Aspirin is no longer for everyone
MONTREAL – Radical change in heart disease prevention: The American College of Cardiology and the American Heart Association are no longer recommending everyone to take aspirin on a daily basis, as it has been for decades.
“I have been in practice for twenty years and have always recommended aspirin,” said cardiologist Peter Guerra, who teaches at the Faculty of Medicine at the University of Montreal.
The change announced at the end of last week is a direct result of recent studies that have questioned the relevance of this approach. Aspirin has an effect on platelets, and large studies have found that the risk of bleeding seems to be greater than the prevention benefit against heart disease.
Two studies published last fall by the prestigious New England Journal of Medicine abounded in this regard. One found that aspirin did not prevent first strokes or first heart attacks in people at moderate risk. Another tested aspirin in people with diabetes, who are more likely to have heart problems or die, and found that the modest benefit noted was associated with an increased risk of serious bleeding.
So change is important, even if it is very specifically targeted at healthy people.
“We are questioning the use of aspirin in prevention, that is to say for patients who have never had a cardiac event,” said Dr. Guerra. It’s a distinction that’s pretty important. It is clear that patients who are cardiac and who take aspirin after a cardiac event (…) must continue to take their aspirin. ”
At one time, he continues, aspirin (the trade name for acetylsalicylic acid or ASA) was almost seen as a panacea, and was recommended to all people aged 50 and over.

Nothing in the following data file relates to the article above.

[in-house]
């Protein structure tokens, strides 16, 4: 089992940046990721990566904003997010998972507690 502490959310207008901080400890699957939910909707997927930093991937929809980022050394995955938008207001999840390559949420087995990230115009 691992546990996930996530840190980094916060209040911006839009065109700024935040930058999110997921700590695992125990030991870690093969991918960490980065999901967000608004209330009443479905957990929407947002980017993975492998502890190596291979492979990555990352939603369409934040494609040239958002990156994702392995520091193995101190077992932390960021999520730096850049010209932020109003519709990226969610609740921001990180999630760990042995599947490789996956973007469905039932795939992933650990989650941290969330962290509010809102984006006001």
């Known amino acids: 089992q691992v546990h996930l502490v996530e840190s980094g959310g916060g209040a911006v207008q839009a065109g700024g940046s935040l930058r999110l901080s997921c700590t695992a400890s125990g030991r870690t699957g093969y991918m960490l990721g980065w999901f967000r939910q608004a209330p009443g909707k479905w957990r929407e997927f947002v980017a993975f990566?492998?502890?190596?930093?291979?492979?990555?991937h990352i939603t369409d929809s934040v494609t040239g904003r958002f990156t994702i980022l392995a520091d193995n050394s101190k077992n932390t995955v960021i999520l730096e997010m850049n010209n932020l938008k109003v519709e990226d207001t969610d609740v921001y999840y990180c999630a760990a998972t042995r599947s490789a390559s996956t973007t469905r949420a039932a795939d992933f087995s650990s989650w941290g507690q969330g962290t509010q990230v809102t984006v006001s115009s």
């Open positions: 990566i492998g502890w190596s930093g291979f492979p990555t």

However, studies and meta-analyzes conducted in recent years “suggest that the benefit of aspirin is not very good for patients in prevention,” said Dr. Guerra.
“Yes, it reduces the risk of a cardiovascular event a little, but not significantly,” he explained. The effect on prevention is minimal, especially for people who do not have risk factors. The benefit is marginal for people who are in perfect health. ”
However, the two American organizations warn that aspirin may have some place in prevention in patients whose risk of heart disease is very high, but that the issue will be discussed between the patient and his doctor.
The Canadian Cardiovascular Society had reservations about using aspirin for preventive purposes a few years ago. She can now be expected to reaffirm her position, Dr. Guerra believes.
In the meantime, healthy people who worry about their heart health would benefit from changing their diet, moving more and smoking less, instead of running to the local pharmacy to get aspirin.
“I do not recommend taking it,” said Dr. Guerra. When you give preventive treatment, you really have to be careful that there are no harmful side effects. To give aspirin in prevention, where the benefit is marginal at best, and where there is a risk (of bleeding), it becomes almost contradictory. “